Webopedia on Google+Webopedia on TwitterWebopedia on FacebookTech Bytes Blog
Main » TERM » D »

digital

(adj.) Describes any system based on discontinuous data or events. Computers are digital machines because at their most basic level they can distinguish between just two values, 0 and 1, or off and on. There is no simple way to represent all the values in between, such as 0.25. All data that a computer processes must be encoded digitally, as a series of zeroes and ones.

The opposite of digital is analog. A typical analog device is a clock in which the hands move continuously around the face. Such a clock is capable of indicating every possible time of day. In contrast, a digital clock is capable of representing only a finite number of times (every tenth of a second, for example).

In general, humans experience the world analogically. Vision, for example, is an analog experience because we perceive infinitely smooth gradations of shapes and colors. Most analog events, however, can be simulated digitally. Photographs in newspapers, for instance, consist of an array of dots that are either black or white. From afar, the viewer does not see the dots (the digital form), but only lines and shading, which appear to be continuous. Although digital representations are approximations of analog events, they are useful because they are relatively easy to store and manipulate electronically. The trick is in converting from analog to digital, and back again.

This is the principle behind compact discs (CDs). The music itself exists in an analog form, as waves in the air, but these sounds are then translated into a digital form that is encoded onto the disk. When you play a compact disc, the CD player reads the digital data, translates it back into its original analog form, and sends it to the amplifier and eventually the speakers.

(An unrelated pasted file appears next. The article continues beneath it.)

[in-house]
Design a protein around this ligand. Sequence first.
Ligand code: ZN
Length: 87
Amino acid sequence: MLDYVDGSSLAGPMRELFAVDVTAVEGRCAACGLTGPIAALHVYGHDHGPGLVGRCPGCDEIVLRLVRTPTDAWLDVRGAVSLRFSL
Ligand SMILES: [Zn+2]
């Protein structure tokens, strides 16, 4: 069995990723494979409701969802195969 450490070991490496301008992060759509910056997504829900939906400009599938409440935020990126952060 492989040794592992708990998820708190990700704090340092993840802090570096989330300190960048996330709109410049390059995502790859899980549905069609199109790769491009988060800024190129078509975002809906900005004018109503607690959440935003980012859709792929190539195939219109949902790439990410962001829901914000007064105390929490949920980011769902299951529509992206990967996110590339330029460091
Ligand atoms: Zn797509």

Internally, computers are digital because they consist of discrete units called bits that are either on or off. But by combining many bits in complex ways, computers simulate analog events. In one sense, this is what computer science is all about.

Also see quantum computing.

 

 







TECH RESOURCES FROM OUR PARTNERS
DID YOU KNOW?
13 Twitter Tips and Tricks to Tweet Like a Pro

From celebrity tweets to hosting live Twitter chats, our favorite Twitter tips will have you tweeting like a pro in no time. Read More »

Interesting Times: Transformation in the IT Channel

Business transformation will remain the buzzword of the moment as channel firms continue to assess the direction of their companies in the age of... Read More »

11 Tips to Boost Your Wi-Fi Signal

It's not just your lawnmower and household tools that your neighbor won't return. Our top picks include everything from updating device firmware... Read More »

QUICK REFERENCE
29 Free Android Apps for Cash-Strapped Students

From wacky alarm clocks to lecture hall tools and after class entertainment, these Android apps are a good fit for a student's life and budget. Read More »

Network Fundamentals Study Guide

A network is a group of two or more computer systems or devices, linked together to share resources, exchange files and electronic communications.... Read More »

Computer Architecture Study Guide

This Webopedia  study guide describes the different parts of a computer system and their relations. Read More »